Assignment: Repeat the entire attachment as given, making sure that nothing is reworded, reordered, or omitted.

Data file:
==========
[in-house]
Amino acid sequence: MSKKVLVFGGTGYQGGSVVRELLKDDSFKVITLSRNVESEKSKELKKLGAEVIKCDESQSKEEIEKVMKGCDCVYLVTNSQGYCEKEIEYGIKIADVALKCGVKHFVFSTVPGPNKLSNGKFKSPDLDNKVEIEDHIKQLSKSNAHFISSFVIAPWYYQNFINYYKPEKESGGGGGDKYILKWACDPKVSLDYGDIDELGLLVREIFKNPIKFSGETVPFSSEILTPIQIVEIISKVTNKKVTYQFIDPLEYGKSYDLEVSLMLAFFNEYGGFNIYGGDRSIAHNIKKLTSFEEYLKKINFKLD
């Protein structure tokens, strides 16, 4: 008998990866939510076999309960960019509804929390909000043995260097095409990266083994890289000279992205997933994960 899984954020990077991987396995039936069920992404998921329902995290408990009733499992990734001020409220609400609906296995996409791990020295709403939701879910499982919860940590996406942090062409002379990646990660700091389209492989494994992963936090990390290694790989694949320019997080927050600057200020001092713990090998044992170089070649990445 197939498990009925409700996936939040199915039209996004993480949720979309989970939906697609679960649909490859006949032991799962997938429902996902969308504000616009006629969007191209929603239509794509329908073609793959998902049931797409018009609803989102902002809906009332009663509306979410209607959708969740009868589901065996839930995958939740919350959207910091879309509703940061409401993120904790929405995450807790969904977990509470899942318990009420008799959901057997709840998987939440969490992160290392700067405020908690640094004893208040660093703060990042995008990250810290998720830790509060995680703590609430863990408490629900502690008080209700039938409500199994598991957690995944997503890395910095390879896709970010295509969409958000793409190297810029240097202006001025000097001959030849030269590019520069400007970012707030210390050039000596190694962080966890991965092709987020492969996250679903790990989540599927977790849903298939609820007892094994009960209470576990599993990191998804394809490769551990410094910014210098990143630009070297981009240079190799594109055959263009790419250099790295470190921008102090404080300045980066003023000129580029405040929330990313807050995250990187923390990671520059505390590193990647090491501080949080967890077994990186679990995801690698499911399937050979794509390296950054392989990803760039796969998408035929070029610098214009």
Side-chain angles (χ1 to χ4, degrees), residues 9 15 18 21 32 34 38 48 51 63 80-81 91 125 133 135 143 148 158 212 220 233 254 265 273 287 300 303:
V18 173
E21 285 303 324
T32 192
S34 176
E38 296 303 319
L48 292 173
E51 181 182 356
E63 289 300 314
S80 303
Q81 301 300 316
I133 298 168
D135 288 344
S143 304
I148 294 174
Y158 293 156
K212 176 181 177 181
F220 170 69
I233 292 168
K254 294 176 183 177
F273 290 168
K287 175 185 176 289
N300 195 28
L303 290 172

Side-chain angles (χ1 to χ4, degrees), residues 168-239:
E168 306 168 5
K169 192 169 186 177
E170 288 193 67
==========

[in-house]
Amino acid sequence: MSKKVLVFGGTGYQGGSVVRELLKDDSFKVITLSRNVESEKSKELKKLGAEVIKCDESQSKEEIEKVMKGCDCVYLVTNSQGYCEKEIEYGIKIADVALKCGVKHFVFSTVPGPNKLSNGKFKSPDLDNKVEIEDHIKQLSKSNAHFISSFVIAPWYYQNFINYYKPEKESGGGGGDKYILKWACDPKVSLDYGDIDELGLLVREIFKNPIKFSGETVPFSSEILTPIQIVEIISKVTNKKVTYQFIDPLEYGKSYDLEVSLMLAFFNEYGGFNIYGGDRSIAHNIKKLTSFEEYLKKINFKLD
């Protein structure tokens, strides 16, 4: 008998990866939510076999309960960019509804929390909000043995260097095409990266083994890289000279992205997933994960 899984954020990077991987396995039936069920992404998921329902995290408990009733499992990734001020409220609400609906296995996409791990020295709403939701879910499982919860940590996406942090062409002379990646990660700091389209492989494994992963936090990390290694790989694949320019997080927050600057200020001092713990090998044992170089070649990445 197939498990009925409700996936939040199915039209996004993480949720979309989970939906697609679960649909490859006949032991799962997938429902996902969308504000616009006629969007191209929603239509794509329908073609793959998902049931797409018009609803989102902002809906009332009663509306979410209607959708969740009868589901065996839930995958939740919350959207910091879309509703940061409401993120904790929405995450807790969904977990509470899942318990009420008799959901057997709840998987939440969490992160290392700067405020908690640094004893208040660093703060990042995008990250810290998720830790509060995680703590609430863990408490629900502690008080209700039938409500199994598991957690995944997503890395910095390879896709970010295509969409958000793409190297810029240097202006001025000097001959030849030269590019520069400007970012707030210390050039000596190694962080966890991965092709987020492969996250679903790990989540599927977790849903298939609820007892094994009960209470576990599993990191998804394809490769551990410094910014210098990143630009070297981009240079190799594109055959263009790419250099790295470190921008102090404080300045980066003023000129580029405040929330990313807050995250990187923390990671520059505390590193990647090491501080949080967890077994990186679990995801690698499911399937050979794509390296950054392989990803760039796969998408035929070029610098214009």
Side-chain angles (χ1 to χ4, degrees), residues 9 15 18 21 32 34 38 48 51 63 80-81 91 125 133 135 143 148 158 212 220 233 254 265 273 287 300 303:
V18 173
E21 285 303 324
T32 192
S34 176
E38 296 303 319
L48 292 173
E51 181 182 356
E63 289 300 314
S80 303
Q81 301 300 316
I133 298 168
D135 288 344
S143 304
I148 294 174
Y158 293 156
K212 176 181 177 181
F220 170 69
I233 292 168
K254 294 176 183 177
F273 290 168
K287 175 185 176 289
N300 195 28
L303 290 172

Side-chain angles (χ1 to χ4, degrees), residues 168-239:
E168 306 168 5
K169 192 169 186 177
E170 288 193 67